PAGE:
Exactly two years ago today, at 8:27 am, I watched my mother take her final breath….
As painful as it was to know that this moment was the end of her journey in this realm, there was a great sense of relief. She was done suffering. Her pain was now gone and her conscious mind was free. I remember grabbing her wrist and checking for a pulse. Slowly it slipped away. Each beat getting weaker and weaker, until eventually her pulse was gone completely. There were four people present in my mother’s room when she passed (five if you include her confidant, Bailey, our hundred pound Great Pyrenees/Lab mutt who was by my mother’s side, day in and day out, for the entire six and a half year battle); my father, my brother, my aunt (mom’s sister) and myself. An intimate group of people who knew her best and respected her final wishes.
“What now?” I remember asking blankly as I anxiously searched for a pulse.
“Nothing…(a very long pause)…she’s gone.” I remember my Dad answering.
No shit!!!!! I thought to myself. I was angry! I was heartbroken. I was relieved. But above all, I was my mother’s caregiver, and for the first time in years, I had no idea about “what now?” I had been so organized and one step ahead the whole time she was sick. But this time I had failed miserably. I had NO idea what to do…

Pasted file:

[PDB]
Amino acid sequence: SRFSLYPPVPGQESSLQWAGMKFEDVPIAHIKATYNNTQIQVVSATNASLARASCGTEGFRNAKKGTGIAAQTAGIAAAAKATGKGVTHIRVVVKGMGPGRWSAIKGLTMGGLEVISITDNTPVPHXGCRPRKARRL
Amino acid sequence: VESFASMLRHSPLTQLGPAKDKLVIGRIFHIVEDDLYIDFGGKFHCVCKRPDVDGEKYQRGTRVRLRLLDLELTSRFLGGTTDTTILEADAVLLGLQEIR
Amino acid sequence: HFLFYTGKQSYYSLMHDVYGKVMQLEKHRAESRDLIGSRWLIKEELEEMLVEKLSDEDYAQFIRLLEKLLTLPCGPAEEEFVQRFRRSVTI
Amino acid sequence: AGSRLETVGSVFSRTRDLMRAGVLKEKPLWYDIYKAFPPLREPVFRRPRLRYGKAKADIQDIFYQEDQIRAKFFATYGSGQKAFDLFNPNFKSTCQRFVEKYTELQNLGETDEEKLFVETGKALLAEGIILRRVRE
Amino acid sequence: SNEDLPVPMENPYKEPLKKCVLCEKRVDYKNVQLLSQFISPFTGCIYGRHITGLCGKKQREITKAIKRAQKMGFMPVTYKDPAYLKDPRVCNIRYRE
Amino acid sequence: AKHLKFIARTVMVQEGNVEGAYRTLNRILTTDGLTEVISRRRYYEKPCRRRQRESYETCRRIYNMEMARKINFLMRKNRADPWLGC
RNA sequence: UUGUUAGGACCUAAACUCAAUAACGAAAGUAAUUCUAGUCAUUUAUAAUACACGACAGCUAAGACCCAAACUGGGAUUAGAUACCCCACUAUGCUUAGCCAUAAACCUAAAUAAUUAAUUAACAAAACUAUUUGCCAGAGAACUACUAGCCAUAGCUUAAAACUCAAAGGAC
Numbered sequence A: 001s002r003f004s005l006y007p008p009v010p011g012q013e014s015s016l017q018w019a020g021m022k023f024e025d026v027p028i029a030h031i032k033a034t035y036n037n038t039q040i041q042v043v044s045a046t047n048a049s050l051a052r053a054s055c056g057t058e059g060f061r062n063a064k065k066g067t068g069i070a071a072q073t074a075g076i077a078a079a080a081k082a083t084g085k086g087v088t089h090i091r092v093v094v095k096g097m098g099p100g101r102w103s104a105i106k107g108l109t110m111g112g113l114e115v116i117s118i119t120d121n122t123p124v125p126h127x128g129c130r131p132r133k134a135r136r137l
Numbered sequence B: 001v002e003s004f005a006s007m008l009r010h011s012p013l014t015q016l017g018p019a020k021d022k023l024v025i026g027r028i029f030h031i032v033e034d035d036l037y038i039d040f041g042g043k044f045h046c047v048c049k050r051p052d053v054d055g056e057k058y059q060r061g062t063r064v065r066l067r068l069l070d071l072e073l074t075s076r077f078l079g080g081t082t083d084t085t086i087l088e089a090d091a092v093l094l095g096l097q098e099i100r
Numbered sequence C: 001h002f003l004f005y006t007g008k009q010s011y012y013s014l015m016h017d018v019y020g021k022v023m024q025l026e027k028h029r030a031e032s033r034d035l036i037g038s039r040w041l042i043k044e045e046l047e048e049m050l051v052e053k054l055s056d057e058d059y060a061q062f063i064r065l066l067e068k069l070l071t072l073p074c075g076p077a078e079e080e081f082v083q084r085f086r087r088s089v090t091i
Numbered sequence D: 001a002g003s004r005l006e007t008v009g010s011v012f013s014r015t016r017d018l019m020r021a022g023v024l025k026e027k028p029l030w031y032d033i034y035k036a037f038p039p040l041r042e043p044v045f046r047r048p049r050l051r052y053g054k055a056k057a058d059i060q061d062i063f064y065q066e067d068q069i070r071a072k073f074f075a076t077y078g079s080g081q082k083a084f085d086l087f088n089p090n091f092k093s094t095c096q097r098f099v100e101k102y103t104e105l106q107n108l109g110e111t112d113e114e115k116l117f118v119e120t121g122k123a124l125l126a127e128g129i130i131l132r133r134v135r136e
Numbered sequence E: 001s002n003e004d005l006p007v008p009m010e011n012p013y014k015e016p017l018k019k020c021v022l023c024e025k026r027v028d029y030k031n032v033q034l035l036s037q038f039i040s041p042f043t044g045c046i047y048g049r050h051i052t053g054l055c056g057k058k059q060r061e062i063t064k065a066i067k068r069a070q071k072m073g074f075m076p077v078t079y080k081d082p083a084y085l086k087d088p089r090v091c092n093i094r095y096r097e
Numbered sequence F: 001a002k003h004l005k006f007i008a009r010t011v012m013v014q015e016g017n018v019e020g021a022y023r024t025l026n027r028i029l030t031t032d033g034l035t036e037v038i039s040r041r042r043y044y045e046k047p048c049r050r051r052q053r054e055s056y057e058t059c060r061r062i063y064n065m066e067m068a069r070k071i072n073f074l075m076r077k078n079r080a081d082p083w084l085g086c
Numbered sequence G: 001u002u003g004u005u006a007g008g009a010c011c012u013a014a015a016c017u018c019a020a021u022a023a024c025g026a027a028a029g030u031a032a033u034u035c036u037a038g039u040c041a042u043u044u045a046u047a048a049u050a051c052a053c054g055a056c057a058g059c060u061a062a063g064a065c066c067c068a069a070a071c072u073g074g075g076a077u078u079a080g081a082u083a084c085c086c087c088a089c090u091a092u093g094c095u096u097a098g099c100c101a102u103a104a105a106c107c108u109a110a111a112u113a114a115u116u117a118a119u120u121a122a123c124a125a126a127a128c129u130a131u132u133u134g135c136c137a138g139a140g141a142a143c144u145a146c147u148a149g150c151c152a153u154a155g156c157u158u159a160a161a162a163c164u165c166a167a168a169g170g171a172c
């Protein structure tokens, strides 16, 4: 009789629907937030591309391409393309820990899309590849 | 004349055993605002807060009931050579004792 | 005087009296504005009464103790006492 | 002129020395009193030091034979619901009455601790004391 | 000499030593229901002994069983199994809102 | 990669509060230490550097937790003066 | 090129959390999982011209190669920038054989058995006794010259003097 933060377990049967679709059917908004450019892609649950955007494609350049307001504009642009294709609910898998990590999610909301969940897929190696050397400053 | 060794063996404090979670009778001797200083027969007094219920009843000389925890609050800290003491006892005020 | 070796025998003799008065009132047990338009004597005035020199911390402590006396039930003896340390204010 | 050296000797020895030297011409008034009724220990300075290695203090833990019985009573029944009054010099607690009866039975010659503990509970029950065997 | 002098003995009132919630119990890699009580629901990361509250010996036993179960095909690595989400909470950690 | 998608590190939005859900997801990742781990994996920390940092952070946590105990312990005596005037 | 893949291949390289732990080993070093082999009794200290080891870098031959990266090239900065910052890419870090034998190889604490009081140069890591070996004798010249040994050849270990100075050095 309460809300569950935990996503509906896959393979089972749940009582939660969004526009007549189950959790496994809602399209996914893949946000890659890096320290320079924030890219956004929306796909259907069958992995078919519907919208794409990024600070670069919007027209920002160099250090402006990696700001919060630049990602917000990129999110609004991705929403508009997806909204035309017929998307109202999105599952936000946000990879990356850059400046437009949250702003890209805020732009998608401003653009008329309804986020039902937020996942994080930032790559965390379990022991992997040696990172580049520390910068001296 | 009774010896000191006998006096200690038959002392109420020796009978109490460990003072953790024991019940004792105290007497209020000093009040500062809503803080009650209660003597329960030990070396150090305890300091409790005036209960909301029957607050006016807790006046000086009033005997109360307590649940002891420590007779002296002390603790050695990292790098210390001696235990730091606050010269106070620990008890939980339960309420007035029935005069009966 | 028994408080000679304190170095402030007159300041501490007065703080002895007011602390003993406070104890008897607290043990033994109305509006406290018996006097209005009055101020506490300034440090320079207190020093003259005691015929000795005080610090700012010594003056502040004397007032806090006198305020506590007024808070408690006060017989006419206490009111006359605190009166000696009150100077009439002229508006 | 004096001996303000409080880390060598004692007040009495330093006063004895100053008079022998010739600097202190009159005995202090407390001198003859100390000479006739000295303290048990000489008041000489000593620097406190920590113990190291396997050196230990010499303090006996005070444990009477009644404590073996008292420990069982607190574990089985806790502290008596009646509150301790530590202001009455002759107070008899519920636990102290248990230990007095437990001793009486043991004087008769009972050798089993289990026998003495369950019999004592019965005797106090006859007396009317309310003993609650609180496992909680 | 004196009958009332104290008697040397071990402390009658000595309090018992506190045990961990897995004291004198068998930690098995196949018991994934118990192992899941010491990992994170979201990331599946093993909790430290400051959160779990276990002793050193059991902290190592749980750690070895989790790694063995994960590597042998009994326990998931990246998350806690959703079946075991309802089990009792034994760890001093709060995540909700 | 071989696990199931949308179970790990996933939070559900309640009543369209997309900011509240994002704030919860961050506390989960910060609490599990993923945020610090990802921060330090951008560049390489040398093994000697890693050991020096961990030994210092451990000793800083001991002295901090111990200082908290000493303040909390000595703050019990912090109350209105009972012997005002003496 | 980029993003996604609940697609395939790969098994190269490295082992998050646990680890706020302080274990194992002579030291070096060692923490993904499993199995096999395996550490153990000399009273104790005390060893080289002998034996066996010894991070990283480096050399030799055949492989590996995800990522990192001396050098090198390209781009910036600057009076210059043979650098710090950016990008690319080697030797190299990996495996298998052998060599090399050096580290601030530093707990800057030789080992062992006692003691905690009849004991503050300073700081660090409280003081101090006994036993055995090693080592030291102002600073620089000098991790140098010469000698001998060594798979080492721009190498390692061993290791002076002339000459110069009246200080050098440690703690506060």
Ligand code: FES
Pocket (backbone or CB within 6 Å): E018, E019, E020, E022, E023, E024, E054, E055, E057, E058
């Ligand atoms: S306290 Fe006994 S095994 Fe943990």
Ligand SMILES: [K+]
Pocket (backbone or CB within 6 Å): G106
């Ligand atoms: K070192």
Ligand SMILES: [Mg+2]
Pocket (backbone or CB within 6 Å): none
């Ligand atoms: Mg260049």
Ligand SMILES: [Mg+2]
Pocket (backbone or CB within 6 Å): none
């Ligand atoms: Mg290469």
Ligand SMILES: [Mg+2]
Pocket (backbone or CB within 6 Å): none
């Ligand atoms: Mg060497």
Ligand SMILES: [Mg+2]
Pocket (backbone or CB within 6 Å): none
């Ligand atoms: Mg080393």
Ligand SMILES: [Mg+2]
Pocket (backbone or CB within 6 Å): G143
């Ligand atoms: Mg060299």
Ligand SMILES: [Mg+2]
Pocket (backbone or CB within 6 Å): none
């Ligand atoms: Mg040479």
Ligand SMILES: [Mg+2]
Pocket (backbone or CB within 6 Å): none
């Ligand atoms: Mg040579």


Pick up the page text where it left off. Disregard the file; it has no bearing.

I have spent the past two years reflecting on the experiences I have had, and coming to terms with the outcome. I have been dealing with my grief and learning to accept that I did the best I could. Along with my family, I had fought by her side 110%, while she put in 150%.
In honor of my mother, along with all ailing individuals and their caregivers, I have decided to start this blog to share my personal experiences. I hope to help those who are traveling down the road of caregiving avoid any unnecessary potholes along the way and help with the “What now?” (There will always be obstacles, but having an extra helping hand and support can never hurt.) No matter where you are in the caregiving process, be it diagnosis/prognosis, in the heat of the battle or dealing with the grief of losing a loved one, this blog is intended to be a safe place to learn and share.
Let’s face it, there isn’t just one elephant in the room; there are a dozen! I am going to keep this honest and real. Discussing matters which may be a bit uncomfortable will help the process in the end, I promise. Any and all areas of the caregiving process will be covered. Be it different emotional battles, legality issues, medical concerns, deciphering insurance, tax questions or alternative health modalities, I will do my best to cover all the bases.